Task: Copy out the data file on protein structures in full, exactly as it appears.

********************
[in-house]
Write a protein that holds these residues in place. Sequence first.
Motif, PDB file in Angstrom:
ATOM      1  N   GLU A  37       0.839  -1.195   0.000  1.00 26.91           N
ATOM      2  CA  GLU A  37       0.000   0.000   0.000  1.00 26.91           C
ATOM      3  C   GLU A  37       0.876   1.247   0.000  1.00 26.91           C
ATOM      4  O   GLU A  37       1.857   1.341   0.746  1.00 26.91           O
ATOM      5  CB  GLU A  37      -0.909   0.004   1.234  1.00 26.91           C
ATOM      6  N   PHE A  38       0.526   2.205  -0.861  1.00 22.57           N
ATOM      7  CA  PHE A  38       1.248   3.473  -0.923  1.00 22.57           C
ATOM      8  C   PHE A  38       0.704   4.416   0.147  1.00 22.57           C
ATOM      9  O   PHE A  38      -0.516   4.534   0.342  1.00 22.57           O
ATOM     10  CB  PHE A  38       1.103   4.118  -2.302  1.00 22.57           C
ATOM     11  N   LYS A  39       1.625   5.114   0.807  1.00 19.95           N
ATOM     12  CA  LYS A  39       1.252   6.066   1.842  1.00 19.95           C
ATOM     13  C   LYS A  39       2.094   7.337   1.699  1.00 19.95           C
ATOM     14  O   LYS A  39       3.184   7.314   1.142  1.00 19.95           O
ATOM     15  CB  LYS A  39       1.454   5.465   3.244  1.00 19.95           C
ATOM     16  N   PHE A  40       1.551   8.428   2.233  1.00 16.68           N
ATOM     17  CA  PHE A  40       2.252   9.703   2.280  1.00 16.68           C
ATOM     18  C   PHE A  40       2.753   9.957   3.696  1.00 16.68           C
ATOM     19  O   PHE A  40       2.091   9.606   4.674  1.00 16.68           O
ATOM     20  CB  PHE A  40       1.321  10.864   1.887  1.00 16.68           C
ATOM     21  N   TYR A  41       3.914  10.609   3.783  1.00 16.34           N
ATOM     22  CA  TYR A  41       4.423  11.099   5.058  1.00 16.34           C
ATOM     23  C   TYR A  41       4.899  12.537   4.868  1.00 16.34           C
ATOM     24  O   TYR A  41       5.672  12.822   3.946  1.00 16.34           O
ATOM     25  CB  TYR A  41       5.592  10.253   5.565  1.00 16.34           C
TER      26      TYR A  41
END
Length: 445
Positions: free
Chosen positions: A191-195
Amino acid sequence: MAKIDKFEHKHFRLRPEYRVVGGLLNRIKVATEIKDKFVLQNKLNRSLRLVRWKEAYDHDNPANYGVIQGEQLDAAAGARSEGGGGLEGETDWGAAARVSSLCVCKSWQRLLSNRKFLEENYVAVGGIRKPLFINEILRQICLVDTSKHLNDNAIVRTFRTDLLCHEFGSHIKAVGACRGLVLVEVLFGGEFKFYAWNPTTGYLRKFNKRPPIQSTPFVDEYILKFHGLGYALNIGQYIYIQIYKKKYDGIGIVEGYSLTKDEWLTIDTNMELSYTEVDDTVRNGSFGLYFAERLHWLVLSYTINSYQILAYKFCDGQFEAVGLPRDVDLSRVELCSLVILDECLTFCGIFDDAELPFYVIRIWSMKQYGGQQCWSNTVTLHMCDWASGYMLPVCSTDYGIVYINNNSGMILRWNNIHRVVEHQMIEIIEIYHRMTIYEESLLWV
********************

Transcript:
[in-house]
Write a protein that holds these residues in place. Sequence first.
Motif, PDB file in Angstrom:
ATOM      1  N   GLU A  37       0.839  -1.195   0.000  1.00 26.91           N
ATOM      2  CA  GLU A  37       0.000   0.000   0.000  1.00 26.91           C
ATOM      3  C   GLU A  37       0.876   1.247   0.000  1.00 26.91           C
ATOM      4  O   GLU A  37       1.857   1.341   0.746  1.00 26.91           O
ATOM      5  CB  GLU A  37      -0.909   0.004   1.234  1.00 26.91           C
ATOM      6  N   PHE A  38       0.526   2.205  -0.861  1.00 22.57           N
ATOM      7  CA  PHE A  38       1.248   3.473  -0.923  1.00 22.57           C
ATOM      8  C   PHE A  38       0.704   4.416   0.147  1.00 22.57           C
ATOM      9  O   PHE A  38      -0.516   4.534   0.342  1.00 22.57           O
ATOM     10  CB  PHE A  38       1.103   4.118  -2.302  1.00 22.57           C
ATOM     11  N   LYS A  39       1.625   5.114   0.807  1.00 19.95           N
ATOM     12  CA  LYS A  39       1.252   6.066   1.842  1.00 19.95           C
ATOM     13  C   LYS A  39       2.094   7.337   1.699  1.00 19.95           C
ATOM     14  O   LYS A  39       3.184   7.314   1.142  1.00 19.95           O
ATOM     15  CB  LYS A  39       1.454   5.465   3.244  1.00 19.95           C
ATOM     16  N   PHE A  40       1.551   8.428   2.233  1.00 16.68           N
ATOM     17  CA  PHE A  40       2.252   9.703   2.280  1.00 16.68           C
ATOM     18  C   PHE A  40       2.753   9.957   3.696  1.00 16.68           C
ATOM     19  O   PHE A  40       2.091   9.606   4.674  1.00 16.68           O
ATOM     20  CB  PHE A  40       1.321  10.864   1.887  1.00 16.68           C
ATOM     21  N   TYR A  41       3.914  10.609   3.783  1.00 16.34           N
ATOM     22  CA  TYR A  41       4.423  11.099   5.058  1.00 16.34           C
ATOM     23  C   TYR A  41       4.899  12.537   4.868  1.00 16.34           C
ATOM     24  O   TYR A  41       5.672  12.822   3.946  1.00 16.34           O
ATOM     25  CB  TYR A  41       5.592  10.253   5.565  1.00 16.34           C
TER      26      TYR A  41
END
Length: 445
Positions: free
Chosen positions: A191-195
Amino acid sequence: MAKIDKFEHKHFRLRPEYRVVGGLLNRIKVATEIKDKFVLQNKLNRSLRLVRWKEAYDHDNPANYGVIQGEQLDAAAGARSEGGGGLEGETDWGAAARVSSLCVCKSWQRLLSNRKFLEENYVAVGGIRKPLFINEILRQICLVDTSKHLNDNAIVRTFRTDLLCHEFGSHIKAVGACRGLVLVEVLFGGEFKFYAWNPTTGYLRKFNKRPPIQSTPFVDEYILKFHGLGYALNIGQYIYIQIYKKKYDGIGIVEGYSLTKDEWLTIDTNMELSYTEVDDTVRNGSFGLYFAERLHWLVLSYTINSYQILAYKFCDGQFEAVGLPRDVDLSRVELCSLVILDECLTFCGIFDDAELPFYVIRIWSMKQYGGQQCWSNTVTLHMCDWASGYMLPVCSTDYGIVYINNNSGMILRWNNIHRVVEHQMIEIIEIYHRMTIYEESLLWV